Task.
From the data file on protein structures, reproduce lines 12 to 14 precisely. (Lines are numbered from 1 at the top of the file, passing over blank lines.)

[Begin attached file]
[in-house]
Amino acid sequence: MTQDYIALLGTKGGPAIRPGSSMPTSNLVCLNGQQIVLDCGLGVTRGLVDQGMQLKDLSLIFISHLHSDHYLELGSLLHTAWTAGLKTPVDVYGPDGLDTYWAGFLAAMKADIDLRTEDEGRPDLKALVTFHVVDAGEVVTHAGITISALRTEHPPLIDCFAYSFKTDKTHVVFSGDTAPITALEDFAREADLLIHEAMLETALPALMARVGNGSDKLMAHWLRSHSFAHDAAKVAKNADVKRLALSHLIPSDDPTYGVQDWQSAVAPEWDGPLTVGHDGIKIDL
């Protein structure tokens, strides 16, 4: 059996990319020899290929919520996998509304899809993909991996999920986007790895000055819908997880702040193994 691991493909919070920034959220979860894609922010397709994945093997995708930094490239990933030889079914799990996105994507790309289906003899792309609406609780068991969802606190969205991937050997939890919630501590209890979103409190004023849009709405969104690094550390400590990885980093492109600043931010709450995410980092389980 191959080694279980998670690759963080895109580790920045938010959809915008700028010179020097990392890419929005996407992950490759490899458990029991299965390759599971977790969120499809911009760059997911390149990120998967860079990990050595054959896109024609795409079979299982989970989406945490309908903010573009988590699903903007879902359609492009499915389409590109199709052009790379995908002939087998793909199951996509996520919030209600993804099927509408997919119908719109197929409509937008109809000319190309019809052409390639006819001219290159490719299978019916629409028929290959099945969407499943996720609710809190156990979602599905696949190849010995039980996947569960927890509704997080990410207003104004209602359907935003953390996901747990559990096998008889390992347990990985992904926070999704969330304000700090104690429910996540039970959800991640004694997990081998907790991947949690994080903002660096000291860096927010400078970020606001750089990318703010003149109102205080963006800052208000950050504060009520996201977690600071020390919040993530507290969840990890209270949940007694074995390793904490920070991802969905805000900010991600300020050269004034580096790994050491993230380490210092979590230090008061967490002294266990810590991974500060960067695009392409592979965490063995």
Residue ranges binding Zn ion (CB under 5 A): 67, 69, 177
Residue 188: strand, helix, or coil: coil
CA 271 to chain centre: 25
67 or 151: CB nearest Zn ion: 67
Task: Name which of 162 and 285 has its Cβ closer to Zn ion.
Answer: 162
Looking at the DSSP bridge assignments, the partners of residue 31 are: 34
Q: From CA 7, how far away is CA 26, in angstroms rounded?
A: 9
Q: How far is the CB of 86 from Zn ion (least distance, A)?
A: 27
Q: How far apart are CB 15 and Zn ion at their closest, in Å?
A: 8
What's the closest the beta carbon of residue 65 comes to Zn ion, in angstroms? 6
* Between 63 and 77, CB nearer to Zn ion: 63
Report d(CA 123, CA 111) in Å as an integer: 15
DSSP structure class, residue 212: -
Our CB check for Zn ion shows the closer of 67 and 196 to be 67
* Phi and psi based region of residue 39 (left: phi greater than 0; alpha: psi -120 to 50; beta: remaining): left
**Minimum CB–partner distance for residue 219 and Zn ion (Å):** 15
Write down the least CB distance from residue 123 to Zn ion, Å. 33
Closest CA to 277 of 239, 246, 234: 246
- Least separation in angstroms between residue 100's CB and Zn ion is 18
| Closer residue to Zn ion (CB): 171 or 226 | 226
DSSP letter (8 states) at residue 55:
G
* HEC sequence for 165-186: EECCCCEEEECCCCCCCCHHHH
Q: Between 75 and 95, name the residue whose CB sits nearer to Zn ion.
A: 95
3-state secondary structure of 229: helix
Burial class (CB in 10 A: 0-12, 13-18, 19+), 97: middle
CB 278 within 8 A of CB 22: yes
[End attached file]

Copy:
A: 9
Q: How far is the CB of 86 from Zn ion (least distance, A)?
A: 27